3.0 out of 5 stars fifth book detailing the lives of the Cazalet family..., 29 Jan. 2014
By 
Petra "I love to read" "book addict!!!" (Northern Ireland) - See all my reviews
(TOP 500 REVIEWER)    (VINE VOICE)   
This review is from: All Change (Cazalet Chronicles) (Hardcover)
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All Change by Elizabeth Jane Howard for me was a good read which brought me back to the lives of the Cazalet family which I first met in the first book of this wonderful series. If you are a fan of this series or just want an old fashioned look at a family who are there for each other in times of need. For me I felt I enjoyed this book so much more since I read the series a few years ago and when I received this book I enjoyed it so much I have now revisited the first four books in the series which brought back a lot of lost memories of a very unique but yet close family.
This book is a good read but one I felt just did not hit the excellence of the first four and for that reason I felt a slight disappointment, yes for me I did enjoy having another visit too the Cazalets and it was nice to see the younger generation growing up and somehow learning to live using their own strengths which they gained from being a member of this family.
Maybe the author left it too long before writing another chapter in the lives of the Cazalets but it was something she felt she had to do and I am glad she had it completed before her sad passing. Elizabeth Jane Howard will be missed as an author but her family and friends plus her many readers are blessed with a wonderful legacy she has left us with and that is one thing I am very thankful for.
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17 of 19 people found the following review helpful
3.0 out of 5 stars Disappointments and regrets, 3 Jan. 2014
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I start to write this having just learned of the death of the author, Elizabeth Jane Howard. One of her last interviews, with the Daily Telegraph, includes the telling sentence about the hiatus between Casting Off, the fourth Cazalet novel, and All Change - "absolute hell from a continuity point of view. You keep on having to remember what you called someone's chauffeur 15 years ago. It's quite hard work, that."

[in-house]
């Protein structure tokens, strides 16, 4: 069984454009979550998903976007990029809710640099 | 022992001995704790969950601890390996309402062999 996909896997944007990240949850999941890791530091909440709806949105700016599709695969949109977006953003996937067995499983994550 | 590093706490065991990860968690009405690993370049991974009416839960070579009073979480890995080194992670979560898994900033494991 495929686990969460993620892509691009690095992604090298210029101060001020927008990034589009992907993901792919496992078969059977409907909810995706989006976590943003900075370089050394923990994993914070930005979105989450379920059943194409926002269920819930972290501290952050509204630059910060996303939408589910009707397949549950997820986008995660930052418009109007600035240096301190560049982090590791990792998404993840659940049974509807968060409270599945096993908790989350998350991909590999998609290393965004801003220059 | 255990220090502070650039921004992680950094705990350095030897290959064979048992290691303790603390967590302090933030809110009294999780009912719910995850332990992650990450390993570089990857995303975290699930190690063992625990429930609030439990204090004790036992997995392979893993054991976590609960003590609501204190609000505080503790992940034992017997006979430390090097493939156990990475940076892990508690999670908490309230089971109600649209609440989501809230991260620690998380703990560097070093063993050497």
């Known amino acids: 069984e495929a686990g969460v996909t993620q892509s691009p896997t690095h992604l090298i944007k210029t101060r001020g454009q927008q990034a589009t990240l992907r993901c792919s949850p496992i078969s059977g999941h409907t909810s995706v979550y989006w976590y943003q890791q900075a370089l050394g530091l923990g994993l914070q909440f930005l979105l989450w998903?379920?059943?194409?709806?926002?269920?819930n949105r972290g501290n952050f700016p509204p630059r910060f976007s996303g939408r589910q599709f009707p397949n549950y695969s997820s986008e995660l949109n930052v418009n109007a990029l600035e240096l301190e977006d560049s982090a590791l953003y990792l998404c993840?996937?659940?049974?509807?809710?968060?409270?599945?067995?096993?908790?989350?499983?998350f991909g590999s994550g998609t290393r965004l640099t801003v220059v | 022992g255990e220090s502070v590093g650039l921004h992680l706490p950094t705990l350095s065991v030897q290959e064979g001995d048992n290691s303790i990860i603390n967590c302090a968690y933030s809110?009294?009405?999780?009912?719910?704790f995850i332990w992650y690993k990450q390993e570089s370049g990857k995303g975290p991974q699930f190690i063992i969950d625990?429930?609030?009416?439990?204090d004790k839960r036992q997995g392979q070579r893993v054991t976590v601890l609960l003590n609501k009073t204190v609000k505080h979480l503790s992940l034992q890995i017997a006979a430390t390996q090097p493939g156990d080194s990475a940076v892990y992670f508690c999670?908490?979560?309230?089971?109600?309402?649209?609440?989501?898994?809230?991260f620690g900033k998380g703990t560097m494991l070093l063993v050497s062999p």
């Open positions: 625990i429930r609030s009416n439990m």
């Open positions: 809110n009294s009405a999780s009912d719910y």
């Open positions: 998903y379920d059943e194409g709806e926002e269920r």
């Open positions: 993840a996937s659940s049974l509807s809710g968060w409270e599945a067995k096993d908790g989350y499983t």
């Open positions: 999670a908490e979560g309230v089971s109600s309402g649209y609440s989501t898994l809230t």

And it shows. All Change is a dreary, depressing read. The children lack the charm of the previous generation, and the quasi-incestuous storyline beggars belief (yes, I'm well aware that Edward molested the teenage Louise, but she reacted with revulsion. This particular "relationship" is beyond any kind of credibility). Diana turns into a monster promised in Casting Off. Villy continues as the wronged heroine. Simon turns into another Christopher. One particular death is a real shock which the readers could have been spared. I genuinely wish that Miss Howard, may she rest in peace, had stopped at four volumes and left us devotees with our memories.
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1 of 1 people found the following review helpful
5.0 out of 5 stars IN PRAISE OF A FINE NOVEL, 3 Jun. 2014
By 
KOMET (WASHINGTON, DC - U.S.A.) - See all my reviews
“ALL CHANGE” is one of those novels that reveals a rich, colorful, and vivid canvas studded with a variety of interesting, complex, and compelling characters whose lives tug at the heart, bring out ripples of ticklish laughter, and captures the reader’s interest. It is the fifth novel in The Cazalet Chronicles, which are set in Britain and span from the 1930s to the 1950s.

The novel begins with the death, in the late spring of 1956, of 'the Duchy', who, at 89, was the matriarch of the Cazalets. Her daughter, Rachel, was at her side, as ever faithful, steadfast, loving, supportive, and wholly unselfish. Her brothers --- Hugh, Edward, and Rupert (varying in age from mid to late 50s) --- along with their families (many of whom will be familiar to readers of the previous 4 novels in the series) are caught up in a series of challenges and jarring changes in their lives in a world in which they feel woefully ill-equipped to live and thrive. Rachel, too, is faced with difficulties in her relationship with the love of her life, and with the possible loss of all that she has held dear. Elizabeth Jane Howard is a fantastic writer who knows how to make a word, a phrase, or a paragraph resonate with the reader in each chapter (which is named for a specific character or characters and serves to shed a special focus on the person or persons it highlights).